Bristol Bolingbroke Mk IV (1942)

a view of the museum form outside

The Bolingbroke cockpit is a real attraction and proved itself again at the AéroMontréal exhibition held on February 11th , 2016, where over 2000 people from all ages attracted by the aerospace industry gazed at the Boly with keen interest. Here’s the latest status on the Bolingbroke aircraft restauration project by the Montreal Aviation Museum (MAM) volunteers.

The cockpit is in its final stage of restauration for static display at the center. The crew lighting, the air ducts with stitched leather, the astrocompass, the bomb sight, the Adlis lamp, the navigator head set, the bomb switch, the flare gun, the flight crew original seat belts, maps, the crew equipment canvas pouches with markings and the axe have all have been installed.

Blériot XI Scarabée (1909)

a view of the museum form outside

The Blériot XI was designed and built by Louis Blériot of France in 1909. In this aircraft, Blériot became the first man to successfully fly across the English Channel. Another important "first" was the 1910 flight over the City of Montreal by Count Jacques de Lesseps in his Blériot XI christened “Le Scarabée”. This epic flight was the first over a Canadian city. Members of the Montreal Aviation Museum are currently building a full-scale reproduction of the Blériot XI from an original set of plans.

A full scale replica of the Blériot XI christened ''Le Scarabée'', the first aircraft to have flown over the City of Montreal in 1910, successfully achieved its maiden flight on August 29, 2014. Piloted by Robert Erdos, Chief Test Pilot with the National Research Council of Canada, the Blériot XI is a replica aircraft, based on original plans, built entirely by volunteers of the Canadian Aviation Heritage Centre in Ste-Anne-de-Bellevue, Quebec. The first test flight was performed in ideal conditions following a 15 year construction period.

Curtiss-Reid Rambler (1928)

a view of the museum form outside

The Curtiss-Reid Aircraft Co Ltd was formed in December 1928 when the New York based Curtiss Aeroplane and Motor Company took a controlling interest in the Reid Aircraft Company of Montreal. The Canadian company had itself only been set up in February of that year by former Canadian Vickers designers William T Reid and MJ Berlyn. Together, they designed a two-seat sesquiplane as a club trainer, private tourer and light transport aircraft. This aircraft first flew at Cartierville (Montreal) on September 23rd 1928 piloted by Martin Berlyn and was named the Reid Rambler at a demonstration ceremony on September 29th.

The Rambler's Fuselage was a rectangular structure of welded steel tube, fabric covered, as was the tailplane which consisted of a one-piece horizontal unit and a balanced rudder with no fixed fin. Tandem open cockpits with full dual control were to be standard. The wings, which folded for storage, consisted of duralumin spars and ribs, fabric covered , with the top wing supported above the fuselage on steel tube struts. The interplane struts, also of steel tube, were circular in section on the prototype but streamlined on production Ramblers, forming a V when viewed from the front. Simplicity was achieved in design by making each side of the undercarriage interchangeable and by making the wing spars of dural tubing which was simply cut to length and slightly flattened at the outer ends.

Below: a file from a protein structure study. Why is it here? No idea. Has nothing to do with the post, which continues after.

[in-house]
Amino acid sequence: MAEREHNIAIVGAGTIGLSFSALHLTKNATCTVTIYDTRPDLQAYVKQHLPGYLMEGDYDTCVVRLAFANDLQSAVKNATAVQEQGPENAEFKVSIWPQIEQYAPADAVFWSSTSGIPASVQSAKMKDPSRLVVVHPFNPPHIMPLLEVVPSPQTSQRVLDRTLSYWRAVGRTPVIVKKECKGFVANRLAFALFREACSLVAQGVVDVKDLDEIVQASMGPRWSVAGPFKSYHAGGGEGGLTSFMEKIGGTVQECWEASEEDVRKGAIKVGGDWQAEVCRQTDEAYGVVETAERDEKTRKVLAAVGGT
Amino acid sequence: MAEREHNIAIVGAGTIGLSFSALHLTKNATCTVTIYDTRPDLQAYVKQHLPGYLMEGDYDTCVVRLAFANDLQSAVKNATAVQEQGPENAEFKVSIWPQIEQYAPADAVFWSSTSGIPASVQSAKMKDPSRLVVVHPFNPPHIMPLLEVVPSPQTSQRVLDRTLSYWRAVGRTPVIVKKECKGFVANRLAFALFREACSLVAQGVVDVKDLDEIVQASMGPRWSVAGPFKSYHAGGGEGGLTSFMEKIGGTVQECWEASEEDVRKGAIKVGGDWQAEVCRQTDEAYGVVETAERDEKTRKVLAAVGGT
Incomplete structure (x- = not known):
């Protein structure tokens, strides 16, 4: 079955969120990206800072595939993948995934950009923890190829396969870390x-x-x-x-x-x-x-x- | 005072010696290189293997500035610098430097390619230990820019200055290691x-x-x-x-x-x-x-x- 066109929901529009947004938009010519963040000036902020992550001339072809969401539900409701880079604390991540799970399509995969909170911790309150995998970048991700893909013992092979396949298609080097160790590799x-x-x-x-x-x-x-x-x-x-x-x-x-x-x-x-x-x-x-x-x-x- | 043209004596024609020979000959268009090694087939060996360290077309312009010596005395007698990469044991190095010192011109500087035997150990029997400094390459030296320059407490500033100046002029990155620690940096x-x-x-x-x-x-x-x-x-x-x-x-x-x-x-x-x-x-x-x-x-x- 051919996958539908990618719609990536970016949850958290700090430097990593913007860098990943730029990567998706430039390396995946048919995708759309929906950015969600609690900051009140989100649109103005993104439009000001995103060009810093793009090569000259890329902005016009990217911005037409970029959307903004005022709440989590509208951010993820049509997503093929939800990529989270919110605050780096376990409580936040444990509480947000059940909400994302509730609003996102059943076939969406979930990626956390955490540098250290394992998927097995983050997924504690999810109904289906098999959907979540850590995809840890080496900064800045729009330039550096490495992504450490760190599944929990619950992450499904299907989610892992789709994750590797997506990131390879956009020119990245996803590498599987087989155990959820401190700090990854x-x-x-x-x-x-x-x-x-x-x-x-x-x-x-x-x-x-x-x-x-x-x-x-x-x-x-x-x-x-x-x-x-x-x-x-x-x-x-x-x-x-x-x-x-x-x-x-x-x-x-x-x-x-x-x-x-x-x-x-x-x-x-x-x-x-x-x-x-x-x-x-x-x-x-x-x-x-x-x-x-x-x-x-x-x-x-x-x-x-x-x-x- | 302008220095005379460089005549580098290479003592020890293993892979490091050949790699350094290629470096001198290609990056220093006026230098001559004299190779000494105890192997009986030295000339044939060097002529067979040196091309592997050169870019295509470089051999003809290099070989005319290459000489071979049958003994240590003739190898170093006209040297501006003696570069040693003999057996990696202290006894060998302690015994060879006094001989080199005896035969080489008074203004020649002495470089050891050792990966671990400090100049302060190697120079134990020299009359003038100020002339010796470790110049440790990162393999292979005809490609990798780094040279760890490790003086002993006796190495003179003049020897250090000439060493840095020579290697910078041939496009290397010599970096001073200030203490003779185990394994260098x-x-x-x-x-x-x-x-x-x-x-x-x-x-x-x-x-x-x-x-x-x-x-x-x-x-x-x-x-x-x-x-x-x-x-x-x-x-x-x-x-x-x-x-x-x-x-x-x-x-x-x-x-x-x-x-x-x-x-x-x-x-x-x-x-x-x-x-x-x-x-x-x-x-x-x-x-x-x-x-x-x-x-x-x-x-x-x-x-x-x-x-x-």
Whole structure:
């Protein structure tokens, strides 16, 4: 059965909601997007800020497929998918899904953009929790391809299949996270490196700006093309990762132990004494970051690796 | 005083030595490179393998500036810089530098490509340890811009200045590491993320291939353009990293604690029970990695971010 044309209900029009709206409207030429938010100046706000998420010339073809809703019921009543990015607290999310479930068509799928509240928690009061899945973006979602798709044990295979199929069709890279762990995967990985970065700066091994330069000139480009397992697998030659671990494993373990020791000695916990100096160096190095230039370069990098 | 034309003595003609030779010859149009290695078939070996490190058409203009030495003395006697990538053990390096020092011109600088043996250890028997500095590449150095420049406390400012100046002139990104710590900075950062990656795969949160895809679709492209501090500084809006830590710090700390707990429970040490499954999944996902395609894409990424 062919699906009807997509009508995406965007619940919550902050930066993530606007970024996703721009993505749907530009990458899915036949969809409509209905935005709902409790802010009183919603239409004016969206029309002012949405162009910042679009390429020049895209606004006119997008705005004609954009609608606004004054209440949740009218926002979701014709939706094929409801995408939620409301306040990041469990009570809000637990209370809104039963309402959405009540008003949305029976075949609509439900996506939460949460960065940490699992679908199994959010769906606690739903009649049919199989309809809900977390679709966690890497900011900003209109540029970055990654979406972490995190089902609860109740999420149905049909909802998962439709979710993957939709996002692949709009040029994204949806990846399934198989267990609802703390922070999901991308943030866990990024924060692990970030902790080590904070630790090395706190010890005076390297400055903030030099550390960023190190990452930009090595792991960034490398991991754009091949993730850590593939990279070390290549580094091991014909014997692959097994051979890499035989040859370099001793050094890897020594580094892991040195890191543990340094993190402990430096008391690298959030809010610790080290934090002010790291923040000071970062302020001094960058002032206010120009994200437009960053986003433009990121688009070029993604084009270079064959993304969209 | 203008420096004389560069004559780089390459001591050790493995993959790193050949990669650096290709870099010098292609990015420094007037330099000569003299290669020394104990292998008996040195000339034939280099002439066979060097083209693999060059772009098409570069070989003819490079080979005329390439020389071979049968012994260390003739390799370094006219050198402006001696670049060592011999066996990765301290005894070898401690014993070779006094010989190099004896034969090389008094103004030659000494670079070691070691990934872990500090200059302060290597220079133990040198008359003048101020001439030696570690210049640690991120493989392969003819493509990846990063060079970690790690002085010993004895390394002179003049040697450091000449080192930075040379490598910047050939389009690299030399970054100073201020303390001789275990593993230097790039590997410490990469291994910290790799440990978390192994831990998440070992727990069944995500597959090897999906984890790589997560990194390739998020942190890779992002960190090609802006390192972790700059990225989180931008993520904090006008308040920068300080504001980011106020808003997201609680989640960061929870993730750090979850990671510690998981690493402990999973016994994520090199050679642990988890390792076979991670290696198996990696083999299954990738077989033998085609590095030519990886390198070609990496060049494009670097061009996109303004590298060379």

Fairchild FC-2 Razorback (1927)

a view of the museum form outside

The Fairchild FC-2 was a pioneer "bush plane", quite advanced for its time, featuring an enclosed, heated cabin, folding wings and adaptable to wheels, floats or skis. Canadian Vickers of Montreal built twelve of these aircraft under license from the Fairchild Aviation Corporation out of the USA.

Piloted by the famous Quebec aviator Romeo Vachon, the FC-2 was also involved in some of the first airmail deliveries and was used extensively as a photo survey aircraft. Now fully restored and on display, the Montreal Aviation Museum’s FC-2 carries the registration G-CAIH, originally owned by Fairchild Aircraft Ltd. of Montreal and operated out of Grand-Mère, Quebec.

Fleet Canuck (1947)

a view of the museum form outside

This all-Canadian aircraft was designed and built by J.O. Noury of Stoney Creek, Ontario in 1939 as a utility and training aircraft. After building three examples, sales were unfortunately not forthcoming and with the outbreak of WWII, Noury ended up selling his design to the Fleet Aircraft Company in Fort Erie.

Production on the Fleet Model 80 Canuck lasted until 1947 with 225 being built. Noury went on to become an important designer at Noorduyn Aircraft Ltd of Montreal, Quebec, the company that designed and built the famous Norseman bush plane. The original aircraft in these markings was piloted by Hubert M. Pasmore, father of our founder; Godfrey Pasmore.